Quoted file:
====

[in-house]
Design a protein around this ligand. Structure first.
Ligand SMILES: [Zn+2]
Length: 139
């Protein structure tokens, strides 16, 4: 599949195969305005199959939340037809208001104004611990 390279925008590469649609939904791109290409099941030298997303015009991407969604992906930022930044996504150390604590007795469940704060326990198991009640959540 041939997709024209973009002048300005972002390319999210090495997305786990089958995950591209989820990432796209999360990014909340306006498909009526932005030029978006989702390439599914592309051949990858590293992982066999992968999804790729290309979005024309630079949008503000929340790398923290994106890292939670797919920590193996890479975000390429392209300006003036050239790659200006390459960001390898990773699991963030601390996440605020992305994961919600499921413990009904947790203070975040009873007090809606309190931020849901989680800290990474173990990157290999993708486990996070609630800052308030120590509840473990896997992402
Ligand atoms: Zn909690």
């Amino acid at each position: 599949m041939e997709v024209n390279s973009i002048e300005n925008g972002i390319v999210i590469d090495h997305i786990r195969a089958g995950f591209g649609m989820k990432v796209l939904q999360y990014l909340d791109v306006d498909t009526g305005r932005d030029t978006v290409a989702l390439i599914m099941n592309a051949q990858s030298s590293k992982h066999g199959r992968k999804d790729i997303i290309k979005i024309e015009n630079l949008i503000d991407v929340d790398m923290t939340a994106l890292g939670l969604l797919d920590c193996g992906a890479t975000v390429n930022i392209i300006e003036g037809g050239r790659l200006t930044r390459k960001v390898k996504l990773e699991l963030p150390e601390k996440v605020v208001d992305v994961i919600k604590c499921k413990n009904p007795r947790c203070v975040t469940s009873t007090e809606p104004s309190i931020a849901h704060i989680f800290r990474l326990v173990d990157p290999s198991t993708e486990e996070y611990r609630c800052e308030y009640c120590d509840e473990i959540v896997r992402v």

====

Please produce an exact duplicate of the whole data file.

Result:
[in-house]
Design a protein around this ligand. Structure first.
Ligand SMILES: [Zn+2]
Length: 139
């Protein structure tokens, strides 16, 4: 599949195969305005199959939340037809208001104004611990 390279925008590469649609939904791109290409099941030298997303015009991407969604992906930022930044996504150390604590007795469940704060326990198991009640959540 041939997709024209973009002048300005972002390319999210090495997305786990089958995950591209989820990432796209999360990014909340306006498909009526932005030029978006989702390439599914592309051949990858590293992982066999992968999804790729290309979005024309630079949008503000929340790398923290994106890292939670797919920590193996890479975000390429392209300006003036050239790659200006390459960001390898990773699991963030601390996440605020992305994961919600499921413990009904947790203070975040009873007090809606309190931020849901989680800290990474173990990157290999993708486990996070609630800052308030120590509840473990896997992402
Ligand atoms: Zn909690």
């Amino acid at each position: 599949m041939e997709v024209n390279s973009i002048e300005n925008g972002i390319v999210i590469d090495h997305i786990r195969a089958g995950f591209g649609m989820k990432v796209l939904q999360y990014l909340d791109v306006d498909t009526g305005r932005d030029t978006v290409a989702l390439i599914m099941n592309a051949q990858s030298s590293k992982h066999g199959r992968k999804d790729i997303i290309k979005i024309e015009n630079l949008i503000d991407v929340d790398m923290t939340a994106l890292g939670l969604l797919d920590c193996g992906a890479t975000v390429n930022i392209i300006e003036g037809g050239r790659l200006t930044r390459k960001v390898k996504l990773e699991l963030p150390e601390k996440v605020v208001d992305v994961i919600k604590c499921k413990n009904p007795r947790c203070v975040t469940s009873t007090e809606p104004s309190i931020a849901h704060i989680f800290r990474l326990v173990d990157p290999s198991t993708e486990e996070y611990r609630c800052e308030y009640c120590d509840e473990i959540v896997r992402v």